To prevent the issue in the future, the company has plans for universal “soft deletes” across all systems; adding more customers to its automatic restoration program for multi-site, multi-product deletion events; and creating a large-scale incident communications playbook.

Spring IT Glue Outages

IT documentation software vendor IT Glue, part of Kaseya, sustained multiple outages this year.

The worst outage in terms of time length appears to have happened on March 31. The vendor posted at 5:51 a.m. Pacific to say an issue prevented access to IT Glue’s North American Data Center and caused 502 or “bad gateway” error messages. IT Glue said it resolved the issue by 8:12 a.m. Pacific, only to post a message 45 minutes later saying the issue happened again.

By 11:36 a.m. Pacific, almost six hours after the original post, IT Glue said the issue was finally solved.

Although the outage didn’t appear to get much attention on Reddit, later outages in the season elicited dozens of comments on the r/MSP forum of the social media network.

On April 4 at 6:35 a.m. Pacific, IT Glue posted to its status page to say once again users might receive “bad gateway” messages due to an issue with the North American Data Center. The issue was resolved by 7:26 a.m. Pacific.

A post on the r/MSP subreddit about the outage garnered 157 upvotes and 105 comments. “This is beyond unacceptable at this point,” one user wrote.

A Reddit post about an IT Glue outage on May 11 garnered 86 upvotes and 93 comments. “Glad we pay for this service,” the original poster wrote.

The vendor posted on its status page at 12:20 p.m. Pacific to acknowledge that users were seeing “502/500 error pages on certain pages in the app.” Vancouver, B.C.-based IT Glue resolved the incident 28 minutes later.

June Microsoft Outages

On June 7, customers had trouble connecting to resources hosted in the East U.S. 2 region, located in Virginia, according to Microsoft. The issue lasted for about 12 hours and should not have affected customers with always-available or zone-redundant services.

The Redmond, Wash.-based tech giant blamed the outage on “an unplanned power oscillation in one of our datacenters within one of our Availability Zones in the East US 2 region,” according to a Microsoft report.

It continued: “Components of our redundant power system created unexpected electrical transients, which resulted in the Air Handling Units (AHUs) detecting a potential fault, and therefore shutting themselves down pending a manual reset.”

The outage affected Application Insights, Log Analytics, Managed Identity Service, Media Services and NetApp Files, according to the report.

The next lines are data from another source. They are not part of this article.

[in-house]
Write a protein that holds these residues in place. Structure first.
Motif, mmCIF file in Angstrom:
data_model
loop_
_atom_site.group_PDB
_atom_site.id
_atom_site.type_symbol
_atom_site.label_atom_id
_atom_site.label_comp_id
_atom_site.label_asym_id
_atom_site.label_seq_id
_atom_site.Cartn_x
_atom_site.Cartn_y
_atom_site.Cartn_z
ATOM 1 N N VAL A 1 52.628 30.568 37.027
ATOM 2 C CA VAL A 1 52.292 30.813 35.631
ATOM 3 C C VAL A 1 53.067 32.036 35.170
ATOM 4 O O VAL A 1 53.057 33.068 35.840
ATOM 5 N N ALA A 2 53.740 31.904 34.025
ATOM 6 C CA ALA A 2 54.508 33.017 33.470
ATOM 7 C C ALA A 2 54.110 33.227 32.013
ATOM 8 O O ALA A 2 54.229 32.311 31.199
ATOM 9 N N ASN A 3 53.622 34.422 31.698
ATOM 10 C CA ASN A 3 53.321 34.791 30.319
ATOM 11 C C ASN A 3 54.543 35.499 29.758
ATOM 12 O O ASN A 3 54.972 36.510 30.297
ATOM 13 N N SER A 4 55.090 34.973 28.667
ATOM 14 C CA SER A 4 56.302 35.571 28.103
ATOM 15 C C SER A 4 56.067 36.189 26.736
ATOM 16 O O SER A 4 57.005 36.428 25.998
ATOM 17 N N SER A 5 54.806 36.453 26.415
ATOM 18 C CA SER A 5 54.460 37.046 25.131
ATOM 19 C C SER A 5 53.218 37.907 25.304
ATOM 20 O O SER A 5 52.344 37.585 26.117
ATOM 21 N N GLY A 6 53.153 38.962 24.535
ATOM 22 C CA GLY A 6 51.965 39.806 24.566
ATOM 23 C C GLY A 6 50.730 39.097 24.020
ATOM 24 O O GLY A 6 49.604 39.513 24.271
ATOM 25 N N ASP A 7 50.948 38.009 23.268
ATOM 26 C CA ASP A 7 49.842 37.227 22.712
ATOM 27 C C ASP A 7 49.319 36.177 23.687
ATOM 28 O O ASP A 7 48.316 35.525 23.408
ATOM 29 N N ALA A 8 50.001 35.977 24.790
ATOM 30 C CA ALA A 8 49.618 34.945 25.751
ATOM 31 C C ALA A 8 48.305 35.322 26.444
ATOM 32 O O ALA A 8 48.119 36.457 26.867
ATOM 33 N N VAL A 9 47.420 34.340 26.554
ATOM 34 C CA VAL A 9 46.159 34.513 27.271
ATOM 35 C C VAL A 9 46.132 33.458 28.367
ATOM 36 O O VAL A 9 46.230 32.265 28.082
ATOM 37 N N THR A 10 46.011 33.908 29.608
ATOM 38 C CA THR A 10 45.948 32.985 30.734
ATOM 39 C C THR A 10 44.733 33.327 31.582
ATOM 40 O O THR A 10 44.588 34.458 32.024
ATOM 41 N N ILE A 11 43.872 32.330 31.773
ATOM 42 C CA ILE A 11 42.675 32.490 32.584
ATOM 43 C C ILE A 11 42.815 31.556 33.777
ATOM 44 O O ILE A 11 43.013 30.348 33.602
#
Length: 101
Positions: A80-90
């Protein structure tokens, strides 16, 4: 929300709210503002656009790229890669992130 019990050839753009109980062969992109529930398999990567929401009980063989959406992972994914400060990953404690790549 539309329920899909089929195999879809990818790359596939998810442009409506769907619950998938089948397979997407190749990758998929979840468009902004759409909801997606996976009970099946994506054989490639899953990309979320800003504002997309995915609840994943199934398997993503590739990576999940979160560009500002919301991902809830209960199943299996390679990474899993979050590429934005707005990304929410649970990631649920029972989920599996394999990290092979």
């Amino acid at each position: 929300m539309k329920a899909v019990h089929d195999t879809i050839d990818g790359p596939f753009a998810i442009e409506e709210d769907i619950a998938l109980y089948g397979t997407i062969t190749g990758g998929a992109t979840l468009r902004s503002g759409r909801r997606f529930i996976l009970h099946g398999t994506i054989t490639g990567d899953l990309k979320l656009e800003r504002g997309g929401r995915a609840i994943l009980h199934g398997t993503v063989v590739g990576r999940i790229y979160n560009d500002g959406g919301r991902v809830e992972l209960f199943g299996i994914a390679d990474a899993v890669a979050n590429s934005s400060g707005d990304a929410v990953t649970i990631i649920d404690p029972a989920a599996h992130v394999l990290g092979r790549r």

Microsoft is working on ways to “improve our tooling and processes to flag anomalies more quickly” and “fine-tuning our alerting to inform on-site data center operators more comprehensively,” according to the report.

The company is also “developing a plan for fault injection testing relevant critical environment systems, in partnership with our industry partners, to be even more proactive in identifying and remediating potential risks” and “expanding how many Azure services support Availability Zones, so that customers can opt for automatic replication and/or architect their own resiliency across services.”

On June 21, Microsoft tweeted that it was investigating delays and connection issues with Exchange Online. About two hours later, the company tweeted that it “determined multiple Microsoft 365 services are experiencing delays, connection and search issues,” responding by rerouting traffic.

About nine hours later, Microsoft tweeted that “rerouting traffic combined with targeted infrastructure restarts has successfully restored service access and functionality.”

June Cloudflare Outage

An accidental outage at Cloudflare in June caused major disruptions across large swaths of the internet, reportedly hitting popular sites such as Discord, Shopify, Grindr, Fitbit and Peloton.

IsDown reported that 230 services—including GitLab, Notion, Hubspot, Digital Ocean, and Recurly—registered incidents during the outage.

The San Francisco-based vendor, which offers security and performance services for cloud deployments, said the problem was the result of “our error” and was fixed within about an hour and 15 minutes.

In a blog post, Cloudflare said the outage in the early hours of Tuesday affected traffic in 19 of its data centers.

“Unfortunately, these 19 locations handle a significant proportion of our global traffic,” the company said. “A change to the network configuration in those locations caused an outage which started at 06:27 UTC. At 06:58 UTC the first data center was brought back online and by 07:42 UTC all data centers were online and working correctly.”

The company concluded in the introduction of its blog post: “We are very sorry for this outage. This was our error and not the result of an attack or malicious activity.”

A post about the outage on social media network Reddit garnered 800 upvotes and 101 comments.

July Microsoft Teams Outage

On July 20 at 6:47 p.m. Pacific, Microsoft reported that its Teams collaboration applicable was inaccessible.

In a tweet, the vendor blamed “a recent deployment” that “contained a broken connection to an internal storage service, which has resulted in impact.” Multiple Microsoft 365 services with Teams integration were affected, including Word, Office Online and SharePoint Online. showed more than 4,800 incidents in the U.S. and more than 18,200 in Japan, according to Reuters.